16. "I'd say that the quantity of boredom, if boredom is measurable, is much greater today than it once was. Because the old occupations, at least most of them, were unthinkable without a passionate involvement: the peasants in love with their land; my grandfather, the magician of beautiful tables; the shoemakers who knew every villager's feet by heart; the woodsmen; the gardeners; probably even the soldiers killed with passion back then. The meaning of life wasn't an issue, it was there with them, quite naturally in their workshops, in their fields. Each occupation had created its own mentality, its own way of being. A doctor would think differently from a peasant, a soldier would behave differently from a teacher. Today we're all alike, all of us bound together by our shared apathy toward our work. That very apathy has become a passion. The one great collective passion of our time."
Author: Milan Kundera
17. "Perhaps it's called the end of the world because it's the end of the games, because I can go to one of the villages and become one of the little boys working and playing there, with nothing to kill and nothing to kill me, just living there. As he thought of it, though, he could not imagine what "just living" might actually be. He had never done it in his life. But he wanted to do it anyway."
Author: Orson Scott Card
18. "I like to have my morning newspaper ironed before I read it. I like to have my shoes boned before they are polished. I like to sit in the back of the car and be driven. I like beds to be made, dishes to be washed, grass to be cut, drinks to be served, telephones to be answered, and common tasks to be dealt with invisibly and efficiently so that I can devote my time to major decisions like the choice of wines for dinner and who to vote for in the next election for the mayor of my village. That is life as it should be lived, and all it takes is money and servants."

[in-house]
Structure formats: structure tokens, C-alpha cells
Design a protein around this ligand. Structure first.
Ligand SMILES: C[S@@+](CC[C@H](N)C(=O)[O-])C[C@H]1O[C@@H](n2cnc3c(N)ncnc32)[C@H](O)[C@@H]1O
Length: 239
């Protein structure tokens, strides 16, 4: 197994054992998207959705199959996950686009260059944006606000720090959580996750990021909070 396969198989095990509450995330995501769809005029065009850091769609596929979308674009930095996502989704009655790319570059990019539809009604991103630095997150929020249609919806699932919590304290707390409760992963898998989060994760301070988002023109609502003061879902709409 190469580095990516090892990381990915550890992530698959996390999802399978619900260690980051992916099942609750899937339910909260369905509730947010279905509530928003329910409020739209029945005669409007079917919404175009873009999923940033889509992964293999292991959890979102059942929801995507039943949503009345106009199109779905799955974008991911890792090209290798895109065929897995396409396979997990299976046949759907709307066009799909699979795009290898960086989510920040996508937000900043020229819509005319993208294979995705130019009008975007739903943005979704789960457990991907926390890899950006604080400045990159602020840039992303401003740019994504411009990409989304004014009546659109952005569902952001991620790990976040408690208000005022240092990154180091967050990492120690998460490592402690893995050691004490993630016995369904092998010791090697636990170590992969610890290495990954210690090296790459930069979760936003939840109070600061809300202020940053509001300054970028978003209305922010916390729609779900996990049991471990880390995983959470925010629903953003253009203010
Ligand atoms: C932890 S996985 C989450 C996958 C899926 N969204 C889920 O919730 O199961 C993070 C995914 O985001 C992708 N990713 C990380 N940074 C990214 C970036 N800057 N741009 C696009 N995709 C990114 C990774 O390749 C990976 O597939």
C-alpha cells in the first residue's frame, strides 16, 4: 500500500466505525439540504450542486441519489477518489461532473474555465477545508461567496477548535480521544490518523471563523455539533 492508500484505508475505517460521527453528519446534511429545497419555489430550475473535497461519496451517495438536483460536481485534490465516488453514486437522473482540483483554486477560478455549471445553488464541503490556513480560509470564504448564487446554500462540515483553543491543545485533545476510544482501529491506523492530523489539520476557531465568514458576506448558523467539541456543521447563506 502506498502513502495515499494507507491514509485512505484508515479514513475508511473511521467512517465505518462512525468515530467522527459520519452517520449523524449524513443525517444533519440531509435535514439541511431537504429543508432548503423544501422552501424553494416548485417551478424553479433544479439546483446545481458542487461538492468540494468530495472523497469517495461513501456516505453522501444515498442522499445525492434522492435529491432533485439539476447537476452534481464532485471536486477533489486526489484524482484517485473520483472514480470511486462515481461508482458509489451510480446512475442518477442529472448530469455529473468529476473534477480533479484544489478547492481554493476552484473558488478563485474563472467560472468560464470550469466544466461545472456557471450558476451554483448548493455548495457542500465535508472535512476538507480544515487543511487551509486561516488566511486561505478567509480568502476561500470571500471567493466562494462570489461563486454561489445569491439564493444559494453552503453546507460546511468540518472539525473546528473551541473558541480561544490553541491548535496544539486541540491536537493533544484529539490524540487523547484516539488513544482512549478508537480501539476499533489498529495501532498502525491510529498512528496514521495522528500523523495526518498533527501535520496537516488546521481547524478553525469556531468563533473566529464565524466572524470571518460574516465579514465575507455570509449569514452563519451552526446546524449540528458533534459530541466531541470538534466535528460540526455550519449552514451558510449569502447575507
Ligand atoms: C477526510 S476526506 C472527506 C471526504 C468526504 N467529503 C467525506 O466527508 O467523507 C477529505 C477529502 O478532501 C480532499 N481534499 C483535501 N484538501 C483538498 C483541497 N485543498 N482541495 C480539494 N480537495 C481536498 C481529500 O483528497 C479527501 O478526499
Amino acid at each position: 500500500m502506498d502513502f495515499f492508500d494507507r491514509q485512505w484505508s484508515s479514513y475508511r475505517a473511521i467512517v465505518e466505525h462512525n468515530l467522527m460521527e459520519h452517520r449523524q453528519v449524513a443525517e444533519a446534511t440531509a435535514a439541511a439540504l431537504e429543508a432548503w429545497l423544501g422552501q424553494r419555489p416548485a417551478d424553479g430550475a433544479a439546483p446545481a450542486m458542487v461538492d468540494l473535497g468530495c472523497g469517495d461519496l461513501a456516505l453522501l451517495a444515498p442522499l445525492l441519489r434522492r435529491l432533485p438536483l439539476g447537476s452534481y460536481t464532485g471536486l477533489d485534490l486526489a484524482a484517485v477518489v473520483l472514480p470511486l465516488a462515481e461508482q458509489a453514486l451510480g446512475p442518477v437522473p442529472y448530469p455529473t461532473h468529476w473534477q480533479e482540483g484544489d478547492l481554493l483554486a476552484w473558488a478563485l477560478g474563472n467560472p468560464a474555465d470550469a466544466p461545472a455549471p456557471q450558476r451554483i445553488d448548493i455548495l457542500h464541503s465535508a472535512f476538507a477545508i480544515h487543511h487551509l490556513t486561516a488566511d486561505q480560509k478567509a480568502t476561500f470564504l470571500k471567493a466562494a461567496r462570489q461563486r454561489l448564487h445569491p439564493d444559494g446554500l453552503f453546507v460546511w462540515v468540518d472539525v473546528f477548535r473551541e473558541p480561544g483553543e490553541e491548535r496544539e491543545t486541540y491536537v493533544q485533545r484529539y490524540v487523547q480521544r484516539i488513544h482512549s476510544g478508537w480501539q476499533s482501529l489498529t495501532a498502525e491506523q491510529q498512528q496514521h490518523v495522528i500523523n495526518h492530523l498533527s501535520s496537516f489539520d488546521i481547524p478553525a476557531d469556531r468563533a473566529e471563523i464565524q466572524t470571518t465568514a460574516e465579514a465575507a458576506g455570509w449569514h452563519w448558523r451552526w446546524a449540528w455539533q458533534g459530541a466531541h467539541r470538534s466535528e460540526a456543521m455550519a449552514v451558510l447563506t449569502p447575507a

Author: Peter Mayle
19. "Once it was the fashion to represent villages as places inhabited by laughable, livable simpletons, unspotted by the worldliness of city life, though occasionally shrewd in rural concerns. Later it was the popular thing to show villages as rotten with vice, and especially such sexual vice...incest, sodomy, bestiality, sadism, and masochism were supposed to rage behind lace curtains and in the haylofts, while a rigid piety was professed in the streets."
Author: Robertson Davies
20. "Names came patterning into the dusk, bodying out the places of their forebears, the villages and towns where the telegrams would be delivered, the houses where the blinds would be drawn, where low moans would come in the afternoon behind closed doors; and the places that had borne them, which would be like nunneries, like dead towns without their life or purpose, without young men at the factories or in the fields, with no husbands for the women, no deep sound of voices in the inns, with the children who would have been born, who would have grown and worked or painted, even governed, left ungenerated in their fathers shattered flesh that lay in stinking shellholes in the beet crop soil, leaving their homes to put up only granite slabs in place of living flesh, on whose inhuman surface the moss and lichen would cast their crawling green indifference."
Author: Sebastian Faulks
21. "You're so narrow-minded! You live in the same village you grew up in, you run the family business, you're buying a nursery down the road... you're practically still in the womb. So before you lecture me on the way to live my life, try living one of your own, OK?"
Author: Sophie Kinsella
22. "The inertia of a jungle village is a dangerous thing. Before you know it your whole life has slipped by and you are still waiting there."
Author: Tahir Shah
23. "I once visited a village of primitive people.At village, I felt time and life moved slower."
Author: Toba Beta

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On Friday night, my dad wants to have a family activity. so we go ice-skating. It's me and my mom and my dad and my sister. It's like we're all together. It's like a beautiful dream. It's like the Disney Channel. Except that my dad and I hate each other. And my mom hates herself. And my sister is humiliated by the bunch of us. And I'm secretly waiting for the inevitable devastation of our entire civilization. But except for that."
Author: Blake Nelson